Haptic Virtual Fixtures To Guide Fibula Osteotomies In Mandible Reconstruction Surgery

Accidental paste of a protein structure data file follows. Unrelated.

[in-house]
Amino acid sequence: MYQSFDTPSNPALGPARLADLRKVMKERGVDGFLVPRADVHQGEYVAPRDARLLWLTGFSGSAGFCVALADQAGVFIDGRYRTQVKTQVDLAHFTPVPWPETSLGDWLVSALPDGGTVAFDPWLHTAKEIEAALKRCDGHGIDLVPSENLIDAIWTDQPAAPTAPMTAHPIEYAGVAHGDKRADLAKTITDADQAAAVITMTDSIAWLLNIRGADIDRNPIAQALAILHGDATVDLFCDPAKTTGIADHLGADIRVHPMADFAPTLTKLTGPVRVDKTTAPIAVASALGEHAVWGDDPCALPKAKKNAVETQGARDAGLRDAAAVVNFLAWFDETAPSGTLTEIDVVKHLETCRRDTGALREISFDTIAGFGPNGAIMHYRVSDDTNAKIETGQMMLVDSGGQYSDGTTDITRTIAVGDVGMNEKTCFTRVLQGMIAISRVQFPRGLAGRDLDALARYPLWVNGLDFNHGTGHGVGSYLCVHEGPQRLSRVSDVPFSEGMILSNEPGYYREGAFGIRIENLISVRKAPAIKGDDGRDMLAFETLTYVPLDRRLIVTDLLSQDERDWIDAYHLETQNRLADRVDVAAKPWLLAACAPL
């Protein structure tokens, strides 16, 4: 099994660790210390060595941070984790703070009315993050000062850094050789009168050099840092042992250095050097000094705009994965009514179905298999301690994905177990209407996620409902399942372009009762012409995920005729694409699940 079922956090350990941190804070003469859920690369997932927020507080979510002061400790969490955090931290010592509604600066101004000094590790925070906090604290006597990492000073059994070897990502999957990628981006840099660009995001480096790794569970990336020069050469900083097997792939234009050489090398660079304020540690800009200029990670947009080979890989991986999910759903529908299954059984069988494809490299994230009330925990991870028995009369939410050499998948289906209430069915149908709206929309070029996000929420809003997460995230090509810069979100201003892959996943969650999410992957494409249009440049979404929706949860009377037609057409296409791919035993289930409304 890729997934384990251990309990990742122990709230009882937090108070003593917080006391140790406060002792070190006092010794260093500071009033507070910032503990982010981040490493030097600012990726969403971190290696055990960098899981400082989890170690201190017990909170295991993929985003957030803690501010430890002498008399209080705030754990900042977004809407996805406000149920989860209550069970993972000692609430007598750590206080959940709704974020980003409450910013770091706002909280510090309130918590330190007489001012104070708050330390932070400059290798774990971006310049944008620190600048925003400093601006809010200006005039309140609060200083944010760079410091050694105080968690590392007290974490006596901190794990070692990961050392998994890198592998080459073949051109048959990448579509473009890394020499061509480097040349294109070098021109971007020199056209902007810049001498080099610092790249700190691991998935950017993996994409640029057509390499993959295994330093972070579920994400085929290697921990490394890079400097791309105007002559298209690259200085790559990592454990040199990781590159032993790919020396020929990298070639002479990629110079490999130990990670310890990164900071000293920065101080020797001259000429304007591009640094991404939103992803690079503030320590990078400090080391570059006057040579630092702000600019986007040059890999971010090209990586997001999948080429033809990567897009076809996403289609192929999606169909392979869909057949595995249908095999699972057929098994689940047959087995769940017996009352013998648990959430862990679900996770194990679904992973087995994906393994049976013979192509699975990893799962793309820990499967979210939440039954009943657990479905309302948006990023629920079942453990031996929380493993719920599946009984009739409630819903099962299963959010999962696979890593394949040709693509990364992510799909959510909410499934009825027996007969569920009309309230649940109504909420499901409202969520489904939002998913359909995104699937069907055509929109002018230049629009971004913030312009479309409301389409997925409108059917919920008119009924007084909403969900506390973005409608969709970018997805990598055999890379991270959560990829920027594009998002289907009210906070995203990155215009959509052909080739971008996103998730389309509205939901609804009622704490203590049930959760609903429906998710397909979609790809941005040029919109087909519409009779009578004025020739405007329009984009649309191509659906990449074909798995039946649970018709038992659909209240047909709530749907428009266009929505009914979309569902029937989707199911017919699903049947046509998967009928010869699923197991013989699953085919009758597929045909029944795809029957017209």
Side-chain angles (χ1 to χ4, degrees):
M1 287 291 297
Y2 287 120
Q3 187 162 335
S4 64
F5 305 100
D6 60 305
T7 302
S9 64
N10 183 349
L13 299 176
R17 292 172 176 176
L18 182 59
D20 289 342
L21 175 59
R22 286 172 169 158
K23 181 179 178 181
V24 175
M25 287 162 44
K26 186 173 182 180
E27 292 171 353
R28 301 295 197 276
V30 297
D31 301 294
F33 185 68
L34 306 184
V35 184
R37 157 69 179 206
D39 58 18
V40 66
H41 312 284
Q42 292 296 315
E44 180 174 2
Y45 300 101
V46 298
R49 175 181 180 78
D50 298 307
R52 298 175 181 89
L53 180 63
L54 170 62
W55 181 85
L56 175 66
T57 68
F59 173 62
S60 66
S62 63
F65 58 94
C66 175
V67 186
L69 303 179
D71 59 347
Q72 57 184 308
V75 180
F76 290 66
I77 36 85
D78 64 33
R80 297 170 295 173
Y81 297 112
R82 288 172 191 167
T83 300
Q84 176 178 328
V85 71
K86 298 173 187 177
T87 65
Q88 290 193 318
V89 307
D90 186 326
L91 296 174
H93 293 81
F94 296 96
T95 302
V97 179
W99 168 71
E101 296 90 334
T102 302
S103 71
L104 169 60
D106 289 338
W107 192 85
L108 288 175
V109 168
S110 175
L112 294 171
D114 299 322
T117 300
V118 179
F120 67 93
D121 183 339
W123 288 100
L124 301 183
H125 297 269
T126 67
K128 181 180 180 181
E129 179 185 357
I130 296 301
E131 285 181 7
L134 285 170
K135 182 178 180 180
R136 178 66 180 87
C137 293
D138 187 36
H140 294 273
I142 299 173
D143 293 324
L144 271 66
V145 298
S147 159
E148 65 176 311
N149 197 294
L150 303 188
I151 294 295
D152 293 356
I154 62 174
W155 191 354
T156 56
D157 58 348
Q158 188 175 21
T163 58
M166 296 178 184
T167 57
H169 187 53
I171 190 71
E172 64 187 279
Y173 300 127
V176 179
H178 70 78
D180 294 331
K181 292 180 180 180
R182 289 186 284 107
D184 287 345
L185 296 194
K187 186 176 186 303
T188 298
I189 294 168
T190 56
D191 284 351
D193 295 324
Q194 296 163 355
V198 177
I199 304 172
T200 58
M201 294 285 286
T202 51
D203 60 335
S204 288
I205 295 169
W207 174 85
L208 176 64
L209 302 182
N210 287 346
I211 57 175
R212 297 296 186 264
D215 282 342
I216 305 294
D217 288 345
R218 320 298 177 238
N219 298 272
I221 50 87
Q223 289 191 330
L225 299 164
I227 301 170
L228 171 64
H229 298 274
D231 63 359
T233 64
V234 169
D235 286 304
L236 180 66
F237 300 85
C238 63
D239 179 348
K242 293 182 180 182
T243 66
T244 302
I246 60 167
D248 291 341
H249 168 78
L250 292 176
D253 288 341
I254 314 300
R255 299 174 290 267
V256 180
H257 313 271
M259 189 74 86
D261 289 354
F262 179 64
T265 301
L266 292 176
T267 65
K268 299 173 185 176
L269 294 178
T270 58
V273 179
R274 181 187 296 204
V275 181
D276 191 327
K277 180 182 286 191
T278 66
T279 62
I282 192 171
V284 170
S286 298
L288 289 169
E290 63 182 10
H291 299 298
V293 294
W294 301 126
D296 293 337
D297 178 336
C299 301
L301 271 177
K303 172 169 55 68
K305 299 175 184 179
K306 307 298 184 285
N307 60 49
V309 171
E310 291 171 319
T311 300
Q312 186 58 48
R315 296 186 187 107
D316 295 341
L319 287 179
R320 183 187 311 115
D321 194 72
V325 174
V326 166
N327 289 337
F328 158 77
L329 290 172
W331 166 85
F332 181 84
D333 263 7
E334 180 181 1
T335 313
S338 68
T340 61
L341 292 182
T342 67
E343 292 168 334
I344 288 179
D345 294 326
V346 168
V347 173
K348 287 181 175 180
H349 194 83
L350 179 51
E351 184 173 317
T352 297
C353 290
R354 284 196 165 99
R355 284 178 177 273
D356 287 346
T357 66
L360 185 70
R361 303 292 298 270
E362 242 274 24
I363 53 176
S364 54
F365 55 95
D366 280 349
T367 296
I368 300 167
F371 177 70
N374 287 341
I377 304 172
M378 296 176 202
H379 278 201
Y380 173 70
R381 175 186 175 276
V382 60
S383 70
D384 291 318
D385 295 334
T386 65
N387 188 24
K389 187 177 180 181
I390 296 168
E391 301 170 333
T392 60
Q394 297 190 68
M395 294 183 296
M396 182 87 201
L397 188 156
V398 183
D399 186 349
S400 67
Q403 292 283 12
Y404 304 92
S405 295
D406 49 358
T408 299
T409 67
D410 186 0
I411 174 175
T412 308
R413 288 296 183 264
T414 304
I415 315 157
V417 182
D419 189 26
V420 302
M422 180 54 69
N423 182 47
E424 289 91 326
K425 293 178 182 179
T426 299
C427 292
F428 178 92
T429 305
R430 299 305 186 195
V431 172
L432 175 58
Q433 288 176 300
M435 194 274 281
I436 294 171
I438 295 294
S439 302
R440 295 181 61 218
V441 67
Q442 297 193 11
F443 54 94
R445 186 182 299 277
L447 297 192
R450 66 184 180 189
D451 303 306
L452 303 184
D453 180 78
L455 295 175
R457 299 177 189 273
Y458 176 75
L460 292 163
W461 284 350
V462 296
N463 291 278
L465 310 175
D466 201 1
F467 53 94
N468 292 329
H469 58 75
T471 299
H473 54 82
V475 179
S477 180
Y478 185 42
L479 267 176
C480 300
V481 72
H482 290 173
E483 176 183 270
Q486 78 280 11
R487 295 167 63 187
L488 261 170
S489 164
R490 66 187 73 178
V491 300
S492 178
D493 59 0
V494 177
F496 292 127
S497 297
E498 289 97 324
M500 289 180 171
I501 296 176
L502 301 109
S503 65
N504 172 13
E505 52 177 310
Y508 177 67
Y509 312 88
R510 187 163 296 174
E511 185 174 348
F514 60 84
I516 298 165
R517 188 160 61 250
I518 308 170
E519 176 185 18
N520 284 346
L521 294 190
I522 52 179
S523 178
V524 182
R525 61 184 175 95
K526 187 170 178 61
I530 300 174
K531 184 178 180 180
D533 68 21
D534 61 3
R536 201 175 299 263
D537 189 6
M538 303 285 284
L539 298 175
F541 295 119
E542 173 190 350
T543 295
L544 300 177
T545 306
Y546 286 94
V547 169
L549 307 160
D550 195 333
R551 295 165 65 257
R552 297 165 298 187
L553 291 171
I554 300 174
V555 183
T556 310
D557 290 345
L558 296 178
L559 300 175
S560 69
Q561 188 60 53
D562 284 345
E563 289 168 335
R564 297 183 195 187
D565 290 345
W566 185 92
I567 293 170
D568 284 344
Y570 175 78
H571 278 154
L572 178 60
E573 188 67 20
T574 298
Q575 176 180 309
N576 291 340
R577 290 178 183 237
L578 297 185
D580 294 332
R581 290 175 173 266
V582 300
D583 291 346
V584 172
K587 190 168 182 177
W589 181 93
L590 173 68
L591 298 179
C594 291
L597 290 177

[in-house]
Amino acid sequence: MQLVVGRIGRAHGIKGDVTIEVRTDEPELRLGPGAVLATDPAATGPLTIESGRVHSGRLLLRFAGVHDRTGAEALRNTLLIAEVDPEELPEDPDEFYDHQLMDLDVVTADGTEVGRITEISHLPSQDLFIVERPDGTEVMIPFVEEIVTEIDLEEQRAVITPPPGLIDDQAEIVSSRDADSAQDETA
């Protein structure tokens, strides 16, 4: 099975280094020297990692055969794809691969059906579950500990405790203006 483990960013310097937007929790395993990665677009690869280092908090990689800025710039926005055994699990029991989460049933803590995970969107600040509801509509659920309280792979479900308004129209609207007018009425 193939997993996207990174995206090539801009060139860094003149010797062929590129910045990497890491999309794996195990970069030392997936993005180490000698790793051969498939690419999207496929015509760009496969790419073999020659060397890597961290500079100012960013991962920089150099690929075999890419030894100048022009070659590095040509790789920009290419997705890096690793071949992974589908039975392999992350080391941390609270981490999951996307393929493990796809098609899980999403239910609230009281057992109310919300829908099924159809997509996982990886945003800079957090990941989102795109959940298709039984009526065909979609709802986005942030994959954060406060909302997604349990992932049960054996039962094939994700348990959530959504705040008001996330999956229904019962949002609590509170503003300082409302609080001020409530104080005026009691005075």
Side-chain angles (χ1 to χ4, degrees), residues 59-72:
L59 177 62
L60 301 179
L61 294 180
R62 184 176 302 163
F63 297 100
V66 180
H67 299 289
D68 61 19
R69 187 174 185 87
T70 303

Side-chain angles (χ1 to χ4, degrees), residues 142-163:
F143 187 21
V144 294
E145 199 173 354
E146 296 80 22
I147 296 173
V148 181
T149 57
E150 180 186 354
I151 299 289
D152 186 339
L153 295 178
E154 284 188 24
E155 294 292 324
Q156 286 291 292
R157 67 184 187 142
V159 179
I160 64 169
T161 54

When a tumour is found on the mandible, fibula free-flap mandibular reconstruction is often performed where the cancerous area is removed and replaced with the patient’s bone from the fibula and soft tissue from the calf. Fibula bone segments used to reconstruct the mandible must closely match the removed sections of the mandible to ensure the optimal surgical outcome. In the current practice, surgical design and simulation of the reconstruction based on medical imaging data, 3D planning, and rapid-prototyped surgical guides ensure that the surgical plan is accurately followed in the operating room (OR). However, rapid prototyped guides are time-consuming to manufacture. As an alternative, haptic virtual fixtures can be used in surgery to constrain surgical tools to predefined regions or trajectories. The resulting haptic assistance can guide surgeons during fibula segmentation to ensure that fibula osteotomies are segments that correspond to the mandible resection according to the reconstruction surgical plan. In this paper, the feasibility and repeatability of using virtual haptic fixtures were tested experimentally on rapid prototyped fibula models. A haptics-enabled robotic system was used to guide participants’ hands to the correct position and orientation in space according to the surgical plan using haptic feedback. The results based on ten participants cutting fibula replicas suggest that the accuracy achieved with the system was 3.7mm. Improvement in the registration process and registration accuracy, extended reach of the robot arms, and more intuitive virtual fixtures would be required before adoption for clinical use. However, this paper illustrates a workflow for integrating haptic feedback into the fibula mandible reconstruction procedure, identifies obstacles related to clinical implementation, and demonstrates how haptic feedback can be used as a guidance method to assist users complete fibula osteotomies.